City of Valdez Public Safety Announcement
Danger Warning - Unstable Winter Ice Conditions at Valdez Glacier Lake
For immediate release: 12.23.2021, 5:00 p.m.
Valdez Glacier experienced an extreme calving and separation event during summer 2020. Since that time, ice conditions on the lake are different than experienced in the past. Most of the current lake ice is relatively new.
Although the lake may now appear frozen, danger still exists. Glacier icebergs above and below the lake’s surface may potentially fracture, move, or collapse, causing danger and instability for those recreating nearby. Recreationists at Portage Glacier Lake outside Whittier experienced similar conditions in April 2020: https://www.youtube.com/watch?v=doimqS6r6zg.
The City of Valdez recently received reports of underwater calving that penetrated through the frozen lake. Icebergs have also rolled and shifted despite the frozen surface. Conditions in the lake are changing and dynamic.
Water in the lake is constantly flowing from the face of the glacier to the lake’s outflow. This reduces ice thickness in some areas and contributes to unstable ice below the surface. Ice caves may collapse from lack of support or movement. Avoid climbing on ice and be aware of rocks, ice, and snow that may fall from overhead areas.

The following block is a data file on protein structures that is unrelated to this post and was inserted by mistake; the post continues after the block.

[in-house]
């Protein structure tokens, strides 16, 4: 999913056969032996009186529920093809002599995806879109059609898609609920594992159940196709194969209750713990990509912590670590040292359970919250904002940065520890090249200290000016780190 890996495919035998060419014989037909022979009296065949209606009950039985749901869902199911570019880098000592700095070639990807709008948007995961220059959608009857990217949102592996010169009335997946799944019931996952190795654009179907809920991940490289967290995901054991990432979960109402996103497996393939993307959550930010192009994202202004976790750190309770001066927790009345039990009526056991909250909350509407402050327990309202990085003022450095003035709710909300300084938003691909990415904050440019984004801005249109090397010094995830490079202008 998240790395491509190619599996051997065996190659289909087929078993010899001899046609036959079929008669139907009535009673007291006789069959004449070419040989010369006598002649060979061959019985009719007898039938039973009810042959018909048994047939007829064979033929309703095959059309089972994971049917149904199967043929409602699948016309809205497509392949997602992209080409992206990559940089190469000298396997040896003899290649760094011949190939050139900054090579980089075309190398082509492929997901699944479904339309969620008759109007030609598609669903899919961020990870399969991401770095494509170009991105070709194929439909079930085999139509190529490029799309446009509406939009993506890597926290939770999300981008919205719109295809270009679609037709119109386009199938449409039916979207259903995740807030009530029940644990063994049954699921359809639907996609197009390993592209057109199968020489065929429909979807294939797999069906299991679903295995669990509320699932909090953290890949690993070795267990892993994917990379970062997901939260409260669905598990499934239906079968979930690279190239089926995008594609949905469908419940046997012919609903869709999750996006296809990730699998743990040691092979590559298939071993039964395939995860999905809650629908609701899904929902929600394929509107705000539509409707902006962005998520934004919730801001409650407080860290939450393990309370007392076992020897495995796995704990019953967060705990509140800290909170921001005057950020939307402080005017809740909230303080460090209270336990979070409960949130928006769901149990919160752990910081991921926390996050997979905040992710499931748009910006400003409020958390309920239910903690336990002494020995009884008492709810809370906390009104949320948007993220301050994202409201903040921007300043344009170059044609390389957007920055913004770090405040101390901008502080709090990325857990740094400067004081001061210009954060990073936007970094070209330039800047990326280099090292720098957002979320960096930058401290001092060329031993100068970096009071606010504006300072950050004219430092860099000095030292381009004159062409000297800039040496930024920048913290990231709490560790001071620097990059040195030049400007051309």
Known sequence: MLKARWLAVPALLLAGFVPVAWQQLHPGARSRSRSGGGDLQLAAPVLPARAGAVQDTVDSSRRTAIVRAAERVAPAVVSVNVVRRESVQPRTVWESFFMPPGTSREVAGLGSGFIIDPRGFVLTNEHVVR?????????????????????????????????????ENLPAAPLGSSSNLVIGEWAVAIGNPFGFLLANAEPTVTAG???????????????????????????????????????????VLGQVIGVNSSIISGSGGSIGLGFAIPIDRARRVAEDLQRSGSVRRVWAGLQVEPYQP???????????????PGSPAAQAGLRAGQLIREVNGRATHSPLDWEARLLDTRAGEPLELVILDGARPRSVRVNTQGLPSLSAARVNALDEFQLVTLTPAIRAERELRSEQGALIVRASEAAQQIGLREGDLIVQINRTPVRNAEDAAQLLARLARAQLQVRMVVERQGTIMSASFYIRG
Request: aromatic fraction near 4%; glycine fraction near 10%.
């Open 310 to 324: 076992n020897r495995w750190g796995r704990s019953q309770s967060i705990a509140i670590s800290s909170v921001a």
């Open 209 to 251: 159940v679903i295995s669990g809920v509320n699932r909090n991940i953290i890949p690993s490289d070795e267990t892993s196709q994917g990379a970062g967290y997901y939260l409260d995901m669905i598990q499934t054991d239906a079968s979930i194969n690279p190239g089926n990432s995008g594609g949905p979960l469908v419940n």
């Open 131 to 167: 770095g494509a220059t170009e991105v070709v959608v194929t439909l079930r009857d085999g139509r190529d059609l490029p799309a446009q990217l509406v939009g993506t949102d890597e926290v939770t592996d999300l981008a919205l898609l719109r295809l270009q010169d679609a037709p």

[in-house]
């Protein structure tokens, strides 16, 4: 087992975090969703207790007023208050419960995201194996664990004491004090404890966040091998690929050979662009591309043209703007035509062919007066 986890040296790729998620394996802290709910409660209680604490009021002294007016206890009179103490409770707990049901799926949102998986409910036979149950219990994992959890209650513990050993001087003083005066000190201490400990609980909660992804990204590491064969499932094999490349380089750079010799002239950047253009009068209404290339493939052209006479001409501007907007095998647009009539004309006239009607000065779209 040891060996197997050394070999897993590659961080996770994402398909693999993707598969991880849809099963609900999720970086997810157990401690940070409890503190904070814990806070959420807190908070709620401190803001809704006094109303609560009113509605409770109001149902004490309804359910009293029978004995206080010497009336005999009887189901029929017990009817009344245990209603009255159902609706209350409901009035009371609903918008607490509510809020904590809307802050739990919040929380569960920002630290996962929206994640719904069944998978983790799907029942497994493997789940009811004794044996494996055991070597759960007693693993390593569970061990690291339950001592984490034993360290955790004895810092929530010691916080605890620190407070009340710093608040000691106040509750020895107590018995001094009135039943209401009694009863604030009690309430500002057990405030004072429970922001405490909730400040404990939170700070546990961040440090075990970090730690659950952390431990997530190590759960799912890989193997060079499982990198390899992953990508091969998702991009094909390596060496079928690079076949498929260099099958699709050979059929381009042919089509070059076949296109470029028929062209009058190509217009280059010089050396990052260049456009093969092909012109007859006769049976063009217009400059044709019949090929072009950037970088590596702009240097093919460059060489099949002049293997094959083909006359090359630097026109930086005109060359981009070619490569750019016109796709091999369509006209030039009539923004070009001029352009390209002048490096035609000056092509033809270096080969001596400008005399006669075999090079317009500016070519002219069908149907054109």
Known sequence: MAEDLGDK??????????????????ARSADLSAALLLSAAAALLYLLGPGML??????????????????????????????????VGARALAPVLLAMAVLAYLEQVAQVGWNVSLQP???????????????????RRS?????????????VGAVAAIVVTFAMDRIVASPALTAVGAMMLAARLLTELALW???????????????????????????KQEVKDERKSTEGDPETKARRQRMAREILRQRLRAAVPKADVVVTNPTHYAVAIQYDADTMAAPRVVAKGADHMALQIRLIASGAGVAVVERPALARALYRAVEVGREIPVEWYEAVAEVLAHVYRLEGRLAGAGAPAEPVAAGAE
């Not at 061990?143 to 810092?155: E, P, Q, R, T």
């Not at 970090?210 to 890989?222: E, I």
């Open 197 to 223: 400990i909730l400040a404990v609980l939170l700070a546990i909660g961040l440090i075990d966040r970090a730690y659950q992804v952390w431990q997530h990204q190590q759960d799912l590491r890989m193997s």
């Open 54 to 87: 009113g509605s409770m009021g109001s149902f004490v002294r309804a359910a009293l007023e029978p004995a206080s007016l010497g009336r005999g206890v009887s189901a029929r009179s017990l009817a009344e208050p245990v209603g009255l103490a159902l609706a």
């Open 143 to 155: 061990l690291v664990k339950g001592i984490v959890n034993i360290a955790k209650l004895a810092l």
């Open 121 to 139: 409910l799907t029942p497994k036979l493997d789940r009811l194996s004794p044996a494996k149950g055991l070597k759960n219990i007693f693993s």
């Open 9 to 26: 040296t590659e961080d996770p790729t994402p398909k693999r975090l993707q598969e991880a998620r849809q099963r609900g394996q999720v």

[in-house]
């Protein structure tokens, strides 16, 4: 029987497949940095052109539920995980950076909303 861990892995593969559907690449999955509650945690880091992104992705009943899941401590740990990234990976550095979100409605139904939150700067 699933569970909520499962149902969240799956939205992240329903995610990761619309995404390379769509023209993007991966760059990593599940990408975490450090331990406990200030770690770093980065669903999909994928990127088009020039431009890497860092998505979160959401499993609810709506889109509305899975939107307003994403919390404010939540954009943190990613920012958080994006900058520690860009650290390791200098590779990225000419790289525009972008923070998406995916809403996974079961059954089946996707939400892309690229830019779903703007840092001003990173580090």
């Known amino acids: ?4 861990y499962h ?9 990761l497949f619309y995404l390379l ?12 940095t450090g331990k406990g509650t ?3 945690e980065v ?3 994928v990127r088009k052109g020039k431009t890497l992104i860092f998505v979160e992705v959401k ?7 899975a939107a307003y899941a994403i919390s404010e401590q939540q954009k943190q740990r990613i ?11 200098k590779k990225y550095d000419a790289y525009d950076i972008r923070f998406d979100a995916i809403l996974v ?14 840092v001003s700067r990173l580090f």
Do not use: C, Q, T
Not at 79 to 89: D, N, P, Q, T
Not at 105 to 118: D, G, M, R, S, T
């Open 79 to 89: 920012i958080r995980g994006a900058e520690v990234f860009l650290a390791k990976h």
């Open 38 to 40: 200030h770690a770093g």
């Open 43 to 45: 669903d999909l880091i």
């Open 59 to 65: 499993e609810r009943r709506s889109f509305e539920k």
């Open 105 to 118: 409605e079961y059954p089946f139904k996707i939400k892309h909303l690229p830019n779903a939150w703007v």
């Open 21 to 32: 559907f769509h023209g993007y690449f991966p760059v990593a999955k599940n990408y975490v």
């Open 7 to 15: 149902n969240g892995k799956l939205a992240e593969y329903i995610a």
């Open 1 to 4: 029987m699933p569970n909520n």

Blankets of snow may cover crevasses and other hazards. Locations of new ice may cause disorientation when visibility is limited due to weather or darkness, even for those normally familiar with the area. Snow avalanches and rockslides from adjacent mountains also pose a danger to those recreating on the ice and may compromise the lake’s frozen surface.
Please recreate responsibly. Gather information from a variety of sources prior to using Valdez Glacier Lake. Consider risk, weather conditions, and your intended route prior to departure.
If you chose to enjoy the lake, ensure you are prepared. Go with others. Make sure someone at home knows exactly where you are going and when you intend to return. Be realistic with the physical limitations of those in your group. Wear appropriate clothing. Take safety equipment, first aid supplies, and a working communications device in case of emergency, as cell coverage in the area is spotty.
Contacts: Aaron Baczuk, city emergency manager, firstname.lastname@example.org or (907) 835-4560 or Allie Ferko, public information officer, email@example.com or (907) 202-0711